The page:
The Pro Shop series would be more 'creditable' to me if FWW would call on professional furniture makers as blog authors other than a .com attempting to market their services.
SeanP berating someone for questioning the underlying premise of a post is shall we say 'simply unhelpful'. Typically, when someone offers 'marketing advice' laced with jargon, I "kindly smile and decline".
Paul, if you don't want to take advice from a software marketing guy...don't. Implying that Rob can't have some good insight because he doesn't fit your idea of an expert, and taking issue with the FWW editors for not finding someone that you think is more qualified, is simply unhelpful.
If you have something substantive to say about Rob's thoughts, it would enrich the thread and help others who would benefit from your experience. Comment on the content and specifics of what he said so we can get a constructive debate going.
I'm a little bit confused. Why would I take woodworking pricing advice from a Software Marketing guy? I'm sure Mr.Bois makes some valid points from his perspective but you couldn't find a professional woodworker with a proven track record in the business to dole out this advice?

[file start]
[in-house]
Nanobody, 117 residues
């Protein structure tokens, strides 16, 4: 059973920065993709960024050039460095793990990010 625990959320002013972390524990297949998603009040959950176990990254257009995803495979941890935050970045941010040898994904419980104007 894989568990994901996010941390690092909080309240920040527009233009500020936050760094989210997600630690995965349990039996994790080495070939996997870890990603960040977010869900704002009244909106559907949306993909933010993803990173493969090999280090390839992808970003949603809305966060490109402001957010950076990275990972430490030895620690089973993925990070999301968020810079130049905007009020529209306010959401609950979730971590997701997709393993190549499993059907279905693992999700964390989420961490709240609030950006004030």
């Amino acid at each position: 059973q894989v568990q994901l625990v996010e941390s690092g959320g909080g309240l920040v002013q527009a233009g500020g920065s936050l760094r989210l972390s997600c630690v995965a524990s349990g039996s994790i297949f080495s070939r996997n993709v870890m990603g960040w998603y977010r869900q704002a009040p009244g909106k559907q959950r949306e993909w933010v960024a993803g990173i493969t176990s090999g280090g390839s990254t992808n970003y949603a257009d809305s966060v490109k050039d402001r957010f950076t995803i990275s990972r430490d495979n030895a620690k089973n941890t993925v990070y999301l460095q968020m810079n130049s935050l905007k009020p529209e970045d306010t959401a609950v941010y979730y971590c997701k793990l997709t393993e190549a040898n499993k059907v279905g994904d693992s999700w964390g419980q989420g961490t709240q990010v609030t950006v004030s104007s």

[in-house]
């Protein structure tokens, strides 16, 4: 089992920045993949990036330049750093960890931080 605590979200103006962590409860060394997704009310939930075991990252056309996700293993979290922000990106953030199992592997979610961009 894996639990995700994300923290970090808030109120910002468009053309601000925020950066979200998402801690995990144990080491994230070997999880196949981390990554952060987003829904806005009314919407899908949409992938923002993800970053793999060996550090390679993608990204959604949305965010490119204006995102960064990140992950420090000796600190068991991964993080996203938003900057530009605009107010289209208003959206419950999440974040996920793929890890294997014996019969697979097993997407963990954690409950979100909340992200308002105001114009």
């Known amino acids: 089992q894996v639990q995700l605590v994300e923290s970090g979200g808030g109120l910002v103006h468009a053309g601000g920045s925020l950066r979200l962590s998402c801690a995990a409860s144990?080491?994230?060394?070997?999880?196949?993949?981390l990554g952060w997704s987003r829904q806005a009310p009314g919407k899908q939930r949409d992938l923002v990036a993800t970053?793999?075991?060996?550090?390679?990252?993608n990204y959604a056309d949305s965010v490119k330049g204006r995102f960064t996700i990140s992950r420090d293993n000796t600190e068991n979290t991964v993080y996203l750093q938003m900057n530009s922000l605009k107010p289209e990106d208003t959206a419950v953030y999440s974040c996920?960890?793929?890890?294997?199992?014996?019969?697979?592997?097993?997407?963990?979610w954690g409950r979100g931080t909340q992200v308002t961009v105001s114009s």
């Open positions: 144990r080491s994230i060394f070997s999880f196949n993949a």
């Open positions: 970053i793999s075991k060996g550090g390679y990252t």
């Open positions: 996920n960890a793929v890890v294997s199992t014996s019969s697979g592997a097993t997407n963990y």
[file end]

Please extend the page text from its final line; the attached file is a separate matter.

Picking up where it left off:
Am I missing something?
Smith, as those two things sounds the same there is a subtle but important difference. In my experience woodworkers tend to identify competitive differentiators but never validate them with the market. The key is ensuring there is a buyer segment that puts a premium value on your unique product or service. Unfortunately, too often that second step never happens, and craftsman can't understand why people aren't willing to pay a premium for what they do. This is probably the greatest frustration woodworkers face when attempting to go pro.
Wait, so I must "identify those key differentiators and validate" them? (kindly smiling...)
Carl Swensson's woodworking skills go very, very deep. But they go wide as well.
Make something fun while learning new skills
Fast, fun approach to making a comfortable, casual seat
In this video Michael finishes the first of the three boxes. Gluing-up, planing, sanding and finishing bring a new piece of art to the world.
In this video Michael starts work on the second box, a carved and painted Saddle lid box.
Michael begins carving the saddle lid box with his ripple pattern along the top. Then turns to his 5/30 gouge to texture the sides of the box. This isn't work…